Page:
For immediate release
November 28, 2011
UNITE HERE, the hospitality workers union, commends Yale University for its decision not to reinvest in private-equity hotelier, HEI Hospitality. Earlier this year, Brown University announced that it will not reinvest in HEI until the University is confident that HEI is respecting the rights of its workers, and the University of Pennsylvania stated publicly that it had no current plans to make future investments in HEI-sponsored funds.
HEI’s Troubles Intensify
Over the past three years, HEI has a growing record of exploitative labor practices at their hotels.
Most recently, a California State Labor Commission hearing officer found the HEI-managed Embassy Suites in Irvine guilty of denying rest breaks required under state law to eight workers and ordered the hotel pay them $41,000. HEI has now settled or been held liable on 32 wage and hour administrative complaints for a total of $99,999 at the Embassy Suites Irvine.
In March 2011, eight jurors ruled unanimously that former HEI Senior Vice President Larry Trainor was retaliated against by HEI for filing a complaint with the Massachusetts Commission Against Discrimination. In April 2011, the judge overseeing the case doubled initial damages awarded – to $4.5 million – noting the jury’s finding of knowing retaliation, which entitles the employee to multiple damages.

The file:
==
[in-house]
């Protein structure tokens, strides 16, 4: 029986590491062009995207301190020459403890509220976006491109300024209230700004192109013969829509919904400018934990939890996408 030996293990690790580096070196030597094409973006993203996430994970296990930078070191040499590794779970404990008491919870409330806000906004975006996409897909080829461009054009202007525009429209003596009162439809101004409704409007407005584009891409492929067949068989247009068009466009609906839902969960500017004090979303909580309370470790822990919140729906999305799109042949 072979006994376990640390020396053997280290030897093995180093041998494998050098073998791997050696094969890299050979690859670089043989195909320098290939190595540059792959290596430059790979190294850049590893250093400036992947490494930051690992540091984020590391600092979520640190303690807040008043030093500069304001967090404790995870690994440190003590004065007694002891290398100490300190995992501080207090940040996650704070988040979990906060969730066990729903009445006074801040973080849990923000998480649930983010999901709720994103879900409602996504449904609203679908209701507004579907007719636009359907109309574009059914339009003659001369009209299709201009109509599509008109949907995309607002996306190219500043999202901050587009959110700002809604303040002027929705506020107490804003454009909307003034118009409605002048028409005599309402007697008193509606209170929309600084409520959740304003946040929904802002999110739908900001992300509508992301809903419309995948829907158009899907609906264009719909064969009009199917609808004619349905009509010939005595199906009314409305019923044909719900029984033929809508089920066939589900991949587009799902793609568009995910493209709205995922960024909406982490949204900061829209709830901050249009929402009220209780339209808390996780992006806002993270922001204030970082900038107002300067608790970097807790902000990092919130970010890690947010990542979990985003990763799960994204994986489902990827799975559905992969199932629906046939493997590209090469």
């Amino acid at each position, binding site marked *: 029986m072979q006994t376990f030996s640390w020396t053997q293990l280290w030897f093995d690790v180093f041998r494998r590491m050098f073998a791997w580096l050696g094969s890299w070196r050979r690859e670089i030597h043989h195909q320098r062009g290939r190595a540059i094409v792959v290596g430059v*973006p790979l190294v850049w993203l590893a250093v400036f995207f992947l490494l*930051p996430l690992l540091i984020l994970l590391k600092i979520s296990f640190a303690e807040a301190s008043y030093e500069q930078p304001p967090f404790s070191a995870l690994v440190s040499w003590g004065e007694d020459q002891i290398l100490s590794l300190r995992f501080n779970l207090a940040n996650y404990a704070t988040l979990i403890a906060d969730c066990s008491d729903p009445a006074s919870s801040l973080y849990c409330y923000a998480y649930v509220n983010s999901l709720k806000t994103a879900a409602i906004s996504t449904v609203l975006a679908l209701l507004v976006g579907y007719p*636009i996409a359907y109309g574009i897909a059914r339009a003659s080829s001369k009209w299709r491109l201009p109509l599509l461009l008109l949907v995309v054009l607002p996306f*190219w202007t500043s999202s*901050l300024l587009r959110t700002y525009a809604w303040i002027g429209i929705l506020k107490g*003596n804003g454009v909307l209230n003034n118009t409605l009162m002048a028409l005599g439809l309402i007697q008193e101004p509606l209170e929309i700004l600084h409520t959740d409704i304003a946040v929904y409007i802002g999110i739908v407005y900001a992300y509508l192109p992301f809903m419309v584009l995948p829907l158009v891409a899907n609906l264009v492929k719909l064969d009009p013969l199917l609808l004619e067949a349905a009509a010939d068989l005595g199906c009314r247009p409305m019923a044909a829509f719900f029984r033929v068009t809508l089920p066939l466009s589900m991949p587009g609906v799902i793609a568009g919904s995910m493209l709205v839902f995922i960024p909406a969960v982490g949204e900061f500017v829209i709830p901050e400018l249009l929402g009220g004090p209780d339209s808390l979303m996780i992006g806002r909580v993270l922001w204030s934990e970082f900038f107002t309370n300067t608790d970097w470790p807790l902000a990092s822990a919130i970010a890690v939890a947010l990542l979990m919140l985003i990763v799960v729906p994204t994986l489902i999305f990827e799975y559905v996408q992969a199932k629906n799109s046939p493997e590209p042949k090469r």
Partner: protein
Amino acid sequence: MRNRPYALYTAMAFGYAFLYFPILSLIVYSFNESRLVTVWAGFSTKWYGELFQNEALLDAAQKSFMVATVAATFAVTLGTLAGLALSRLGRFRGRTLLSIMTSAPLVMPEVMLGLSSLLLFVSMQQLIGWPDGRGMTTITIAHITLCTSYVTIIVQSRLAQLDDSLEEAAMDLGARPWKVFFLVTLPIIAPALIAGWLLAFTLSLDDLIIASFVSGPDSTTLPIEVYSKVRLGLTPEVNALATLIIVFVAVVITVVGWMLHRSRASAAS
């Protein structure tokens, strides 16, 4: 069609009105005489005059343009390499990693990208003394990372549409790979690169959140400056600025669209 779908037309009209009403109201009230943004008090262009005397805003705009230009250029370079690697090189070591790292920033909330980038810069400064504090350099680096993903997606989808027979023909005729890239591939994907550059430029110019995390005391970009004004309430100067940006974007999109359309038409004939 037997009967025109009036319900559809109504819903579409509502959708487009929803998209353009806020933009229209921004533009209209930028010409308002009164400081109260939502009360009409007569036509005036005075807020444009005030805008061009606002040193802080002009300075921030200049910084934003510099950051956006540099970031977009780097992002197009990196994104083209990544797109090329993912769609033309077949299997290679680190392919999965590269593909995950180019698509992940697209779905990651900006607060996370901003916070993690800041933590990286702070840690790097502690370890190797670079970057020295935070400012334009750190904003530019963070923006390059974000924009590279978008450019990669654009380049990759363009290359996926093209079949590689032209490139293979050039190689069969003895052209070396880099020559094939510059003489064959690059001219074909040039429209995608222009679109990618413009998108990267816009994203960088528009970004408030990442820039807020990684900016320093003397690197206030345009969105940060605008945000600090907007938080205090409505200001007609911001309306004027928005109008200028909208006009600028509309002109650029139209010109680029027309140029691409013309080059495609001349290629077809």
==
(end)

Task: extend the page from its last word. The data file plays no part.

Since 2008, multiple National Labor Relations Board complaints were issued against HEI. In settlement agreements with the NLRB where HEI did not admit wrongdoing, HEI has promised not to threaten to fire workers, take away benefits, or make work more difficult for participating in union activity. HEI even promised not to confiscate food that workers received from the union.
HEI’s Exploitative Labor Practices Spur Campus Actions
Student organizations have protested their university investment in HEI nationwide. Earlier this month, hundreds of Harvard students and affiliates secured tents to begin an occupation of Harvard Yard in solidarity with the global Occupy movement. Among their key demands, protestors have urged Harvard University to pledge not to reinvest in HEI due to the growing number of labor violations and complaints filed against the company and its creation of "sweatshop" hotel conditions.
"I’m glad that Yale has made this decision," said Sam Wohns, a sophomore at Harvard University. "It is unacceptable for socially conscious universities to invest in a company that operates sweatshop hotels and exploits its workers. I hope that Harvard Management Company and other university endowments make the same public commitment to not reinvest in HEI."
"Many thanks to Yale University for its decision not to invest more in HEI," said Ana Maria Trevino, a housekeeper at the Embassy Suites Hotel in Irvine. "Universities should improve the lives of people and not invest in exploitative corporations that break the laws and treat their workers like animals."
Student organizations on more than 50 university campuses nationwide have signed onto a petition urging their university leadership not to invest in HEI Hospitality.
The University-HEI Connection
HEI receives the majority of its funding from some of the nation’s most esteemed universities, including Yale, Harvard, Princeton, University of Chicago, Notre Dame, Vanderbilt, Dartmouth and the University of Michigan. Since 2004, Yale’s endowment has been one of HEI Hospitality’s key investors in all three of its hospitality funds, having invested a total of at least $121.5 million.
Find Yale’s statement at the following web address: http://acir.yale.edu/announcements.html.